Volume 404, Number 1, June II 2003
|Page(s)||233 - 247|
|Section||Galactic structure, stellar clusters, and populations|
|Published online||26 May 2003|
Multi-frequency polarimetry of the Galactic radio background around 350 MHz
II. A region in Horologium around l = 137°, b = 7°
Leiden Observatory, PO Box 9513, 2300 RA Leiden, The Netherlands
2 Leiden Observatory, PO Box 9513, 2300 RA Leiden, The Netherlands e-mail: email@example.com
3 ASTRON, PO Box 2, 7990 AA Dwingeloo, The Netherlands e-mail: firstname.lastname@example.org
4 Kapteyn Institute, PO Box 800, 9700 AV Groningen, The Netherlands
Corresponding author: M. Haverkorn, email@example.com
Accepted: 27 March 2003
We study a conspicuous ring-like structure with a radius of about 1.4° which was observed with the Westerbork Synthesis Radio Telescope (WSRT) at 5 frequencies around 350 MHz. This ring is very prominent in Stokes Q and U, and less so in polarized intensity P. No corresponding structure is visible in total intensity Stokes I, which indicates that the ring is created by Faraday rotation and depolarization processes. The polarization angle changes from the center of the ring outwards to a radius . Thus, the structure in polarization angle is not ring-like but resembles a disk, and it is larger than the ring in P. The rotation measure RM decreases almost continuously over the disk, from RM rad m-2 at the edge, to -8 rad m-2 in the center, while outside the ring the RM is slightly positive. This radial variation of RM yields stringent constraints on the nature of the ring-like structure, because it rules out any spherically symmetrical magnetic field configuration, such as might be expected from supernova remnants or wind-blown bubbles. We discuss several possible connections between the ring and known objects in the ISM, and conclude that the ring is a predominantly magnetic funnel-like structure. This description can explain both the field reversal from outside to inside the ring, and the increase in magnetic field, probably combined with an electron density increase, towards the center of the ring. The ring-structure in P is most likely caused by a lack of depolarization due to a very uniform RM distribution at that radius. Beyond the ring, the RM gradient increases, depolarizing the polarized emission, so that the polarized intensity decreases. In the southwestern corner of the field a pattern of narrow filaments of low polarization, aligned with Galactic longitude, is observed, indicative of beam depolarization due to abrupt changes in RM. This explanation is supported by the observed RM.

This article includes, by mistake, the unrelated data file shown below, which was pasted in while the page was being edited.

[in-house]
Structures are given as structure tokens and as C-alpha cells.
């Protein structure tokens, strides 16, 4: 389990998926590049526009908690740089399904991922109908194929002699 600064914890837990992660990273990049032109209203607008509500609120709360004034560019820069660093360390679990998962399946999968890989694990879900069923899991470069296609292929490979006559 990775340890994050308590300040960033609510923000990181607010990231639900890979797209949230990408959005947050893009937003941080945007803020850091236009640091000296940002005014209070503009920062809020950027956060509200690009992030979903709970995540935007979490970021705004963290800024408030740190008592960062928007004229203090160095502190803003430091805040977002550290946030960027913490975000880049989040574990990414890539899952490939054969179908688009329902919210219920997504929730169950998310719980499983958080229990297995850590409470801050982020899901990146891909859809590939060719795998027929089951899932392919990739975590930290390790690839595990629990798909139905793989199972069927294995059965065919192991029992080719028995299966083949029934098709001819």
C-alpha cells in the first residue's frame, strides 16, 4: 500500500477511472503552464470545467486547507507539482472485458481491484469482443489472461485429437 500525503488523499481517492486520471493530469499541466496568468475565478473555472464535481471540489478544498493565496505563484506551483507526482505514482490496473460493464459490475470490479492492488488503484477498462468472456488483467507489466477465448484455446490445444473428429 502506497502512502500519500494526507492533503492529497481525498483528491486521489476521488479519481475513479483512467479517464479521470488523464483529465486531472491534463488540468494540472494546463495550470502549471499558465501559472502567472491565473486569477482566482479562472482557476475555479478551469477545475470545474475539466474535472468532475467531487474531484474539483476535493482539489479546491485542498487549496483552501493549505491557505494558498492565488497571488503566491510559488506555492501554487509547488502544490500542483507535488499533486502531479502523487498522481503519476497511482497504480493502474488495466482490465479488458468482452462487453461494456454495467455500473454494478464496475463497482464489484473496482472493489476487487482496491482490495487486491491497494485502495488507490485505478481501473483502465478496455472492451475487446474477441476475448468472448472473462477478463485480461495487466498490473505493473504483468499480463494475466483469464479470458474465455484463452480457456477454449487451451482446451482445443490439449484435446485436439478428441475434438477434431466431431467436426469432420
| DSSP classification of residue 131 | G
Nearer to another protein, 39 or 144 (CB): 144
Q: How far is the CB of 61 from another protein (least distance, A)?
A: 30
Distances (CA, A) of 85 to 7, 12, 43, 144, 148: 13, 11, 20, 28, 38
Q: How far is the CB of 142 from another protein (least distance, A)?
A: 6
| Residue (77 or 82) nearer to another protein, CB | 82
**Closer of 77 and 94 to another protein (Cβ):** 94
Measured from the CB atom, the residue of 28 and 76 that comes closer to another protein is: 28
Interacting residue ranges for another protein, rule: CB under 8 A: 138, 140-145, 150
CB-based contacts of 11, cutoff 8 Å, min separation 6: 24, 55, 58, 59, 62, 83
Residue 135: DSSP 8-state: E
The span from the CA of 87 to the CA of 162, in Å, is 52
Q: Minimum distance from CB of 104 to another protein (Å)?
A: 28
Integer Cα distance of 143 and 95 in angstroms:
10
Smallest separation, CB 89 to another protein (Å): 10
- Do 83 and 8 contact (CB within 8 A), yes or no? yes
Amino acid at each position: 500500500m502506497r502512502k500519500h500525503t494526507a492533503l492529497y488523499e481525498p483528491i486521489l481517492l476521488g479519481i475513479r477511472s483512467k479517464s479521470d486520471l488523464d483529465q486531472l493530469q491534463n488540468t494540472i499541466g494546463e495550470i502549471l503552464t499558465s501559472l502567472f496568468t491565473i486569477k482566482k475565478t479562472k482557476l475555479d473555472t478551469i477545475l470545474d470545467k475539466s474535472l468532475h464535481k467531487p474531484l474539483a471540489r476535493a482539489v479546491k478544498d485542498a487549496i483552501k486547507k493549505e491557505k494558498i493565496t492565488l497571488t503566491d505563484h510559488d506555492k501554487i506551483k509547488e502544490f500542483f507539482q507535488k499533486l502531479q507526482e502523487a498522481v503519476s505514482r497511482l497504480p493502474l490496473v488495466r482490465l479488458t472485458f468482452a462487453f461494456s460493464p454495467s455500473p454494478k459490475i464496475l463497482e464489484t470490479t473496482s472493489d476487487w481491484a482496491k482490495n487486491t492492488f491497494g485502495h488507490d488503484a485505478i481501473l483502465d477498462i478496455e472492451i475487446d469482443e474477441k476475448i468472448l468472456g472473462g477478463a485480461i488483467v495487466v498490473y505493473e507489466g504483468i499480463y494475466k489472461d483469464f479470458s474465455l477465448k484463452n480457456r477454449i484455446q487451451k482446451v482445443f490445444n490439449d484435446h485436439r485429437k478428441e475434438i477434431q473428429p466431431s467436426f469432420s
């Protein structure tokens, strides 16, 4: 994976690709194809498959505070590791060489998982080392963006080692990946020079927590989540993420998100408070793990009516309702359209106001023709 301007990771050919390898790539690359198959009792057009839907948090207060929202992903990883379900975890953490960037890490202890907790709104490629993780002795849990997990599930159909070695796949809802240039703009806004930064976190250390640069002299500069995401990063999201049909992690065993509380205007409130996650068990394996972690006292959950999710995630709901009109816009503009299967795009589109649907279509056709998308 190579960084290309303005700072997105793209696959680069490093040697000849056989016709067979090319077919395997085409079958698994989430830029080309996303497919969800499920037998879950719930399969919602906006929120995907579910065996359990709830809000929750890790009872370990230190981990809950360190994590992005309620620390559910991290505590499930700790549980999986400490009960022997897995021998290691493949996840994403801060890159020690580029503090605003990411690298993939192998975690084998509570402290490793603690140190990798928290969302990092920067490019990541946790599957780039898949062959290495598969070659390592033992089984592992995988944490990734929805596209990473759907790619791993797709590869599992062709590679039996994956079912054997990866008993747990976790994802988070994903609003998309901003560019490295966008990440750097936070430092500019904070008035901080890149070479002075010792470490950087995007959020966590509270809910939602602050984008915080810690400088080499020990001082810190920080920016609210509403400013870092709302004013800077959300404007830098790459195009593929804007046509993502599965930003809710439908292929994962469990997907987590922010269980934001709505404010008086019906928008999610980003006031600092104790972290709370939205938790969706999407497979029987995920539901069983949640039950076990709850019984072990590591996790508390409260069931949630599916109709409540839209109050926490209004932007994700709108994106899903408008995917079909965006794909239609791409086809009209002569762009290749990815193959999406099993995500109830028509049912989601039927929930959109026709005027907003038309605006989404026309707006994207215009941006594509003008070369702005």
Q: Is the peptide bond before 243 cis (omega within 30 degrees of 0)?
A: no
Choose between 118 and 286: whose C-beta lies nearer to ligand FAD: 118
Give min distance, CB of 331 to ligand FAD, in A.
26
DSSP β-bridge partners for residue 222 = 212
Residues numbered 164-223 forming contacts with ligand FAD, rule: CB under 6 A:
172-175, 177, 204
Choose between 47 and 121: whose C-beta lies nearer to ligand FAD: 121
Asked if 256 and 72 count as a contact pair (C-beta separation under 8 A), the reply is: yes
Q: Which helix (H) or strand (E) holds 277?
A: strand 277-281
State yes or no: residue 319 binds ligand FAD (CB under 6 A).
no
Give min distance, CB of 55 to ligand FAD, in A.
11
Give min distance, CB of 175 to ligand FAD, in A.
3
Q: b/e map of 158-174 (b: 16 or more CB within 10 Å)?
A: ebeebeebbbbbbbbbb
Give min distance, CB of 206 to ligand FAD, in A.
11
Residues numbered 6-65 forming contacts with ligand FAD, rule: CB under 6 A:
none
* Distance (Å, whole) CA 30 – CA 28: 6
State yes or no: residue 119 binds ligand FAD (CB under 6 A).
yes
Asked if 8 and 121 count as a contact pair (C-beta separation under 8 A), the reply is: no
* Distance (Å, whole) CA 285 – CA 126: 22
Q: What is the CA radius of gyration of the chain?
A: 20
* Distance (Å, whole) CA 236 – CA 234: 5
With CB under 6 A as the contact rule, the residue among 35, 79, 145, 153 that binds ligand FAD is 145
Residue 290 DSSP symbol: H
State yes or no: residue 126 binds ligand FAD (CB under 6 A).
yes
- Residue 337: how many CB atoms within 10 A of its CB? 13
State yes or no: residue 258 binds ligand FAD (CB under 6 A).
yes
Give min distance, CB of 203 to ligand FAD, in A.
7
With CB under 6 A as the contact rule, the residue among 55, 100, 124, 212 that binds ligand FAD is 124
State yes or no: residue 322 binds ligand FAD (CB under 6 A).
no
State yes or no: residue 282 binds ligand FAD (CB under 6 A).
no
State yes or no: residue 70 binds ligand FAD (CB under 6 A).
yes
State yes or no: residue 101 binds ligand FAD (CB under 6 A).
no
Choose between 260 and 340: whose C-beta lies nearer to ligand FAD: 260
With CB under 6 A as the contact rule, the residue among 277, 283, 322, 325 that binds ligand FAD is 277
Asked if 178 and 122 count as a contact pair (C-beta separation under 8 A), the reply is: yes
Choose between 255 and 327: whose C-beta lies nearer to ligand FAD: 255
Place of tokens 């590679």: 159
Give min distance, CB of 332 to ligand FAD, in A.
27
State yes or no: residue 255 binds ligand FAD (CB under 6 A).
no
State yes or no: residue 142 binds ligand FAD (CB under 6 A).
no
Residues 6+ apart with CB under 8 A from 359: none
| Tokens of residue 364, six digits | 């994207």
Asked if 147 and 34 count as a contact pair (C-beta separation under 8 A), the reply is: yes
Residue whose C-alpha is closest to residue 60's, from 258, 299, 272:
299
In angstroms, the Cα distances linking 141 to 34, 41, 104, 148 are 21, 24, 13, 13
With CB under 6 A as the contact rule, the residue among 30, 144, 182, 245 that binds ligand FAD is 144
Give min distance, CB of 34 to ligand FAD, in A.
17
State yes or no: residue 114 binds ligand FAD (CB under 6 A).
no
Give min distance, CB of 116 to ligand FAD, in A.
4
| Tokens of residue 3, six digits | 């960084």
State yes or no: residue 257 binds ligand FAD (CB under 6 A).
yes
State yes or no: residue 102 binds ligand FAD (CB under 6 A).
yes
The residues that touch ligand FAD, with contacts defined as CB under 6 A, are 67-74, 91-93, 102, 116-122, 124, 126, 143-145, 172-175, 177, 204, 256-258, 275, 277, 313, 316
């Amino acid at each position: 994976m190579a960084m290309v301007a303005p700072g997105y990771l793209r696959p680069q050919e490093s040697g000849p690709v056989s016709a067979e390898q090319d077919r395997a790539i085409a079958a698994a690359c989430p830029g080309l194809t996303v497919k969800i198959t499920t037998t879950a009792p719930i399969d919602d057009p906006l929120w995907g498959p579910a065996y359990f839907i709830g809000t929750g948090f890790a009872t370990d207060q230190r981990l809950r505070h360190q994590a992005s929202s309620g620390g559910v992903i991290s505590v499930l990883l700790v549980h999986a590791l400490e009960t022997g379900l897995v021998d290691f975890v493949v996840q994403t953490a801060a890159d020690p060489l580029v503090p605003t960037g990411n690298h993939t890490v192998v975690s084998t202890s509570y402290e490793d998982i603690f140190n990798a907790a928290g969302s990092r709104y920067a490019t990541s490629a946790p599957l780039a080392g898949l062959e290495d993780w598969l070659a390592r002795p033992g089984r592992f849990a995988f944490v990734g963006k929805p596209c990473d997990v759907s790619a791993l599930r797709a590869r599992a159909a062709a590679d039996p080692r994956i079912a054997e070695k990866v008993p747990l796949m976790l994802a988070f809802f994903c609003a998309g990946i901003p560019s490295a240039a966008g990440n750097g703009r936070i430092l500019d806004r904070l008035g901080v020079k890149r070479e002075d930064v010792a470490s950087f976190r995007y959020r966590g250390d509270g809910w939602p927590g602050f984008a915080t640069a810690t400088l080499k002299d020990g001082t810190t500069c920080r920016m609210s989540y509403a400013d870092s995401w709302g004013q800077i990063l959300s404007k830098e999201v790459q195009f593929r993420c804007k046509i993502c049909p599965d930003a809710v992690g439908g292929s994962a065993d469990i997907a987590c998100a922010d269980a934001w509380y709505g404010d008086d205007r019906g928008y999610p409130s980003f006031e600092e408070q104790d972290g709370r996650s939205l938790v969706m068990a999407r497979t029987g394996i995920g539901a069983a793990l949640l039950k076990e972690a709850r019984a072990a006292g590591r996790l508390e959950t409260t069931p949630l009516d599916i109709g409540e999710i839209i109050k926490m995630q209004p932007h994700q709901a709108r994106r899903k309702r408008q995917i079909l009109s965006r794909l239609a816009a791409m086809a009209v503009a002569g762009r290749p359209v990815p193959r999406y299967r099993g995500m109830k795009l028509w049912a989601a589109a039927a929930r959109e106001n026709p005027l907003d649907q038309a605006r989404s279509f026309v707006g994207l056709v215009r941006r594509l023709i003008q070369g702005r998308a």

Key words: magnetic fields / polarization / techniques: polarimetric / ISM: magnetic fields / ISM: structure / radio continuum: ISM
© ESO, 2003
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